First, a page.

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Fundraising in a New Age (Part 1)

Posted by Zinner & Co. Non-Profit Team on Apr 11, 2019 7:22:00 AM

For not-for-profit organizations, fundraising is a way of life. It is vital part of fulfilling their mission and serving their constituency. Over the past few years, fundraising has changed appreciably and non-profits have been forced to find new/better/smarter ways of doing things.

What’s Changed?

Fundraising in the modern age has changed and there are some important reasons why:fundraising in a new age part 1

  • Generational differences – As millennials become a bigger part of the workforce and a driving force for philanthropy, so has the nature of giving. A greater percentage of millennials give to charities, but they are giving fewer dollars than baby boomers. Millennials are also statistically more likely to donate their time to causes they believe in.

    Soliciting millennials for charitable donations is more challenging, due to the fact that they are “highly connected” and “highly digital.” Millennials are more likely to give digitally, so it’s critical for non-profits to have a strong online presence.

    Millennials tend to be more cynical than their baby boomer counterparts and are more likely to research a charity’s efficiency prior to giving.

  • Tax differences – The new Tax Cuts and Jobs Act (TCJA) represents the greatest change to the tax code in over 30 years. Under the new tax code, far fewer taxpayers are itemizing their deductions, and thus realizing the benefits of charitable deductions.

    Prior to the change of the tax code, the maximum a taxpayer could deduct from their adjusted gross income was 50%. Under the new law, it has been increased to 60% which should incentivize wealthy taxpayers to increase their giving.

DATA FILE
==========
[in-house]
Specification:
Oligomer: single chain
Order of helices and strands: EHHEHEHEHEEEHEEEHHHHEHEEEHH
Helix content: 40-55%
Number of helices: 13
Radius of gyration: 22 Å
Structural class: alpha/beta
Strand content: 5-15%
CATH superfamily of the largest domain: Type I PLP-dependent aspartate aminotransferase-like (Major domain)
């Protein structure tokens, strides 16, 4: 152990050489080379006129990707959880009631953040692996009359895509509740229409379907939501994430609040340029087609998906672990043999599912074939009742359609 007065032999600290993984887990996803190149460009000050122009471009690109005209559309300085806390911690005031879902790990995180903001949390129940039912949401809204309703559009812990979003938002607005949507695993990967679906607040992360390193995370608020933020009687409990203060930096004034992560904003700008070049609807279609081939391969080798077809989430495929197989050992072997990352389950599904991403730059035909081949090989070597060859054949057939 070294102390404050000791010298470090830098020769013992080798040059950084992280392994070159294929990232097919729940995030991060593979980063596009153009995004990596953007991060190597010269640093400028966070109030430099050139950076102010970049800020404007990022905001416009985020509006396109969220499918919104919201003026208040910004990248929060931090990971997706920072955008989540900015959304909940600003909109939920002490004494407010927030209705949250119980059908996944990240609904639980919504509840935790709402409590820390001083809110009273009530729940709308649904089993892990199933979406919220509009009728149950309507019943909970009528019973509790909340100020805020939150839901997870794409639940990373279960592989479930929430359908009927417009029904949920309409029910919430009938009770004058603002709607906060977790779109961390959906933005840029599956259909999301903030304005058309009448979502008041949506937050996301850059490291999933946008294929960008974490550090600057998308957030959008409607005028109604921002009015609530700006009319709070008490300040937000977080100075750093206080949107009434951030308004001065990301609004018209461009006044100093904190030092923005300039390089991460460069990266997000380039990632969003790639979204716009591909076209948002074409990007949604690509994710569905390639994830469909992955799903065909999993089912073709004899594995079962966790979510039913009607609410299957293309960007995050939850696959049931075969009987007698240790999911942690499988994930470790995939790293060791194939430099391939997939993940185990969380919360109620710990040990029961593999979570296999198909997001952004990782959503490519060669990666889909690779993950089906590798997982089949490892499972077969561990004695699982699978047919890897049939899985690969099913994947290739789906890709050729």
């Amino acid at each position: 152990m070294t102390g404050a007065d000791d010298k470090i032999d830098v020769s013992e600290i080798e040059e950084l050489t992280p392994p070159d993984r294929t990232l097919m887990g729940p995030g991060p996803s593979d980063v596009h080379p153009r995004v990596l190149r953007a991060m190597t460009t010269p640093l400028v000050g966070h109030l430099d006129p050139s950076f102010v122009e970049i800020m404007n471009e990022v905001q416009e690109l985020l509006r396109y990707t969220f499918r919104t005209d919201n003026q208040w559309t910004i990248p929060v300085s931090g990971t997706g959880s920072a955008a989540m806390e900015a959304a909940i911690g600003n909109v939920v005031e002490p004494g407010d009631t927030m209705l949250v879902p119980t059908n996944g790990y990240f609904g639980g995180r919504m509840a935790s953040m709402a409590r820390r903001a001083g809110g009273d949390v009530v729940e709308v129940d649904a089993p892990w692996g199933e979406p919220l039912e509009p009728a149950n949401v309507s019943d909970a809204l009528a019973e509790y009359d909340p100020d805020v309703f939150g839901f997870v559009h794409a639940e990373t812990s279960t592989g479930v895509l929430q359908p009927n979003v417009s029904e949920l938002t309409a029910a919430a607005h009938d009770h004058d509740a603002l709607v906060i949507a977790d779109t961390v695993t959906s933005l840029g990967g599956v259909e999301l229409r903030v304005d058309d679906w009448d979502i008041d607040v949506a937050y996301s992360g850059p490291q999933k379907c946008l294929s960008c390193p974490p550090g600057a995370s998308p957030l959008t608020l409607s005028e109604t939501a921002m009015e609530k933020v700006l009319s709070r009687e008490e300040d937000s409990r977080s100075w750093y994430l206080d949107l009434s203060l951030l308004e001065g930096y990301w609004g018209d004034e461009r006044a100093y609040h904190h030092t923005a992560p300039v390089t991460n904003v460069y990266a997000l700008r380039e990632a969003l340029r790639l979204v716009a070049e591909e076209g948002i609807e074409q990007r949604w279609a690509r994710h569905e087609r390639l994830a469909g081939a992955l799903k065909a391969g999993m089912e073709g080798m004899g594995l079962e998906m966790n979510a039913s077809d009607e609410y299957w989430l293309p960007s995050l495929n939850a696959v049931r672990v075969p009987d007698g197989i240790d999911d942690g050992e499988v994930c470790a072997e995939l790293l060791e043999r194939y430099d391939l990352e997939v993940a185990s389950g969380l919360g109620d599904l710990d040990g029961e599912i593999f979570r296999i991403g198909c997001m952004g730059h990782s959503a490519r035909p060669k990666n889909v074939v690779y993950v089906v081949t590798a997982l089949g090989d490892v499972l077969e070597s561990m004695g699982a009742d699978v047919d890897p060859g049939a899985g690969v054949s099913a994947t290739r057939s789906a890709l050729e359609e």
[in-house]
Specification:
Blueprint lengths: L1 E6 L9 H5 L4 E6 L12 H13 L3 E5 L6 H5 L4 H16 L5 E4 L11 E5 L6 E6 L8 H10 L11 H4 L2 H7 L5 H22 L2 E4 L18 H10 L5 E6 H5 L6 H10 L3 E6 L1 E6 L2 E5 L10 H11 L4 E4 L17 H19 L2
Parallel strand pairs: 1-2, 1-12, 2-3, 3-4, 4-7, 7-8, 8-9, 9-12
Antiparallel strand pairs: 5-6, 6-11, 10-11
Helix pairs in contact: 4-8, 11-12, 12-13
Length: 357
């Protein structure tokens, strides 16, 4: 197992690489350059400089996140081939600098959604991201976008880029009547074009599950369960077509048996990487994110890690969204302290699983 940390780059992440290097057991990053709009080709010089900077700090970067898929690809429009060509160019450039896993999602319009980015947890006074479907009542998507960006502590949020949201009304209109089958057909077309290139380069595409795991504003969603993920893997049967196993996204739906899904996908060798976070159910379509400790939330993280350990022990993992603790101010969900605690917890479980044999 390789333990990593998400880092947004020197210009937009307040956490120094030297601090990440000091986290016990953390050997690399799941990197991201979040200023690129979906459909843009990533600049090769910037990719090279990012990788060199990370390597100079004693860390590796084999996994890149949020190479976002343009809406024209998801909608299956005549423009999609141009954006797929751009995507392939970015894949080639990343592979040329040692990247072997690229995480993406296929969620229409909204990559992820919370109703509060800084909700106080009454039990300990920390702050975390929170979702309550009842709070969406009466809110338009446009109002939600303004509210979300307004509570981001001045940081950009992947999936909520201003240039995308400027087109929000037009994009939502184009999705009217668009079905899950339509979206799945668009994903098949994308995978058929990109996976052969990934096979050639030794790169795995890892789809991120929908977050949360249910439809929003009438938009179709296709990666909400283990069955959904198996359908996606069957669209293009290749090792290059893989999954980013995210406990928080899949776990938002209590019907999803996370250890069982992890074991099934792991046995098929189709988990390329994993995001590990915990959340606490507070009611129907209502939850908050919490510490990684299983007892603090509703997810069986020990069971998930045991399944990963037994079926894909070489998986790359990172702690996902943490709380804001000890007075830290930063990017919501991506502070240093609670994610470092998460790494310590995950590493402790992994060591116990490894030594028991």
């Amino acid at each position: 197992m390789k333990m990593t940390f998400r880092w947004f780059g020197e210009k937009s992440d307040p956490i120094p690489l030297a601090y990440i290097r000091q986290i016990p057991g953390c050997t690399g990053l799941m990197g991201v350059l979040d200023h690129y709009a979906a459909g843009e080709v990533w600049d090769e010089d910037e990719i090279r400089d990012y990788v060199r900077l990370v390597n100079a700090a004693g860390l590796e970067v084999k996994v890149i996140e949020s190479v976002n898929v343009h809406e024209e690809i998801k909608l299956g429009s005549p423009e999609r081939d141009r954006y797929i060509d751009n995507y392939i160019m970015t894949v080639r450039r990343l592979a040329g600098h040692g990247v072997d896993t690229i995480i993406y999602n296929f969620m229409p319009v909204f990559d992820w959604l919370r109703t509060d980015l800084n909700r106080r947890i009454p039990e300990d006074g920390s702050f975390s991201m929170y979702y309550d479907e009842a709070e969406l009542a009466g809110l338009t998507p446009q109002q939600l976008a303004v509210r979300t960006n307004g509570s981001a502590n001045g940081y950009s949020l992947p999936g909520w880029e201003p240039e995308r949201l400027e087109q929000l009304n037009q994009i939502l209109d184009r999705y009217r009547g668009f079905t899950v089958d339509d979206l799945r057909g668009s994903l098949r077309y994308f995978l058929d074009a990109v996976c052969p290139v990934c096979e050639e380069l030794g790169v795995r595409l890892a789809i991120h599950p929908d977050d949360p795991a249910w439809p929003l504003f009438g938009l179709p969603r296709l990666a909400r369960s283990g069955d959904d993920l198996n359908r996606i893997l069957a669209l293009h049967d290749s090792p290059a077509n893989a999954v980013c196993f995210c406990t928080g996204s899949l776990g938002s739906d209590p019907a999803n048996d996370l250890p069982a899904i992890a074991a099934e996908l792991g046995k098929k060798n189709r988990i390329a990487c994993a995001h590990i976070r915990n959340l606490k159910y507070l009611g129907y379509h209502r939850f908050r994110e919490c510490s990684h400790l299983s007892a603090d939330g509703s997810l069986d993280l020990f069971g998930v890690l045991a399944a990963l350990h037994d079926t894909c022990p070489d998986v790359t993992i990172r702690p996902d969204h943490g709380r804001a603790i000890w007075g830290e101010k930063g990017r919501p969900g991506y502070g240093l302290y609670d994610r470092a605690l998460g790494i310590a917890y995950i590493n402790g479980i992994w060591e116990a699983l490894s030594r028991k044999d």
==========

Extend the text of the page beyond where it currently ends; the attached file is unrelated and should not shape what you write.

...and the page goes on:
• The Rise of Donor Advised Funds – In order to increase the effectiveness of their donation, many are turning to Donor Advised Funds (DAF) which allows donors to immediately deduct their contributions, but direct the disbursement of the funds over time. The downside of DAFs is they do not allow as much specificity as a directed donation. For example, a donor can direct their DAF to give funds to a particular charity, but they cannot specify that it support a specific event.

  • The Death of the Gala –The combination of giving to DAF - which can’t be directed support specific events - and the increased popularity of online giving has made it increasingly difficult to hold major, large-scale fundraising events. Black tie affairs that were once a staple of charitable fundraising are increasingly difficult to pull off.

The nature of fundraising has changed and non-profits have been forced to get more creative with how they approach potential donors. In our next blog we’ll look at ways not-for-profit organizations approach should approach fundraising in this “new age.”

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Topics: non-profits, not-for-profit, Community, fundraising

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